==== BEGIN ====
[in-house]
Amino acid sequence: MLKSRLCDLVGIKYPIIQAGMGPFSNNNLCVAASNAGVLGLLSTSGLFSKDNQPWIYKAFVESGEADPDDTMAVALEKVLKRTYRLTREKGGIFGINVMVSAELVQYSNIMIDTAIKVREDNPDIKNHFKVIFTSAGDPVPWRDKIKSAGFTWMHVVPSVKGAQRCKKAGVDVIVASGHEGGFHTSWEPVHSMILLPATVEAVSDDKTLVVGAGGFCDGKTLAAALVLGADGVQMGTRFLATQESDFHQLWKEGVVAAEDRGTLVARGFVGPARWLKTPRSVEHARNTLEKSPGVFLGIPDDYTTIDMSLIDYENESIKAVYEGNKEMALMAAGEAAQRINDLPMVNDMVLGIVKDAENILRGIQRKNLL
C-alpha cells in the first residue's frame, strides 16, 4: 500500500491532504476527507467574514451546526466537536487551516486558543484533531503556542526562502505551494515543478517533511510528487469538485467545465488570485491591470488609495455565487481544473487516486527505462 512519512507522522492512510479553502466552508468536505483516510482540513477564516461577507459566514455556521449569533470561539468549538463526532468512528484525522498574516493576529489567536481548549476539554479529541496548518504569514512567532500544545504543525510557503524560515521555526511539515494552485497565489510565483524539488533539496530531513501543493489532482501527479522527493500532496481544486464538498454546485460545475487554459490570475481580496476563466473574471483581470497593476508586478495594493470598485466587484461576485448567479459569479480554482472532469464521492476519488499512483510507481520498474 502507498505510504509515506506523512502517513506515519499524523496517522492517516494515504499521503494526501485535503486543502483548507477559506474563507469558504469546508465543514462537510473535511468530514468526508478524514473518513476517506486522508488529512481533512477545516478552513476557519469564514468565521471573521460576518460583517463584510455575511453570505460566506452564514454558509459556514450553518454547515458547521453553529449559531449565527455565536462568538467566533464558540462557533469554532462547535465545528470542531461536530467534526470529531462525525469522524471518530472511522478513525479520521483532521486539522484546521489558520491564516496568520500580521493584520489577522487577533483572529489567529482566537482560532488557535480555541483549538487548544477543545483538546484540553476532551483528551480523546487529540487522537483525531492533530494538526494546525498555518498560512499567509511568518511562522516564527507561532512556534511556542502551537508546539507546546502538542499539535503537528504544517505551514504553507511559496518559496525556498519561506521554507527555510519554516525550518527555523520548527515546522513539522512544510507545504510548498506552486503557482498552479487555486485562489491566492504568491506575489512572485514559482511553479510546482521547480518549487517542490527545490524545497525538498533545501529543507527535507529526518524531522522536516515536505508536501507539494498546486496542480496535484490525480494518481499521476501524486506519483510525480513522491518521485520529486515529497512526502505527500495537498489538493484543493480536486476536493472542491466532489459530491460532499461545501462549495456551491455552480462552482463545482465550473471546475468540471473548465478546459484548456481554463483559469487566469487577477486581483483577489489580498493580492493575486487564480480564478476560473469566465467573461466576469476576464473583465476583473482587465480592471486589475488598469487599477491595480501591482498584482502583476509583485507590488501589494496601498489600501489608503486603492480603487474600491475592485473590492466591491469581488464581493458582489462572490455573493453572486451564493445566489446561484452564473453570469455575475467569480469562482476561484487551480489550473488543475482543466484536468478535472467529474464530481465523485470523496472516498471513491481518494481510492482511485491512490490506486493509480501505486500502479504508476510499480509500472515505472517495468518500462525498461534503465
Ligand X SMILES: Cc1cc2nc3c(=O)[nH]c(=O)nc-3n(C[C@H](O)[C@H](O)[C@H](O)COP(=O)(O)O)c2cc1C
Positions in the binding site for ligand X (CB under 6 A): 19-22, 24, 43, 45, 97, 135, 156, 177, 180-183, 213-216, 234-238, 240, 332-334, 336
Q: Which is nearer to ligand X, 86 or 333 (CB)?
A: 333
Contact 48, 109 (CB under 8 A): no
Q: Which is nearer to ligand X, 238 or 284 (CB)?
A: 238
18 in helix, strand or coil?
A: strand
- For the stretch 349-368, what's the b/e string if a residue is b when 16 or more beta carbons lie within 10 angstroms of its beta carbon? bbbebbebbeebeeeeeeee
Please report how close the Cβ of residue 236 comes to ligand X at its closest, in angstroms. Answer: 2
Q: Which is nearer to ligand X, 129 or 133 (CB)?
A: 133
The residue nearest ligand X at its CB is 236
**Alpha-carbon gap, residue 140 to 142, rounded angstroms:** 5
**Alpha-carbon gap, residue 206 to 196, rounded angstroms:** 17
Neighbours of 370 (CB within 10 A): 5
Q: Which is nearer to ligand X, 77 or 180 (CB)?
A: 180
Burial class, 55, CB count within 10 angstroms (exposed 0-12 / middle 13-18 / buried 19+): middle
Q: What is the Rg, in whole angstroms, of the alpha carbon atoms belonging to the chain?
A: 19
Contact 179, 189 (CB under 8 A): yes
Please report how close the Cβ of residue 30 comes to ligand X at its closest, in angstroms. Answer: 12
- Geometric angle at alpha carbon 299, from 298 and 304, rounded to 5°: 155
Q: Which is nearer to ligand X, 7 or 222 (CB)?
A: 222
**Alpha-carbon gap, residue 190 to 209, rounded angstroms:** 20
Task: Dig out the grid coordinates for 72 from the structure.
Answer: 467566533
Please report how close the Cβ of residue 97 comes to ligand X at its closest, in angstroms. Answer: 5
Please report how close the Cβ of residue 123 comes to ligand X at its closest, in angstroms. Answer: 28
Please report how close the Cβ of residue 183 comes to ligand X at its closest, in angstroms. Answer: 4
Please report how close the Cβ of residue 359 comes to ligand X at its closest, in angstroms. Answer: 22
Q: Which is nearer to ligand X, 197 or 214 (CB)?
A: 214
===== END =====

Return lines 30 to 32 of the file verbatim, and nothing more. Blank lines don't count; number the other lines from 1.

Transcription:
A: 222
**Alpha-carbon gap, residue 190 to 209, rounded angstroms:** 20
Task: Dig out the grid coordinates for 72 from the structure.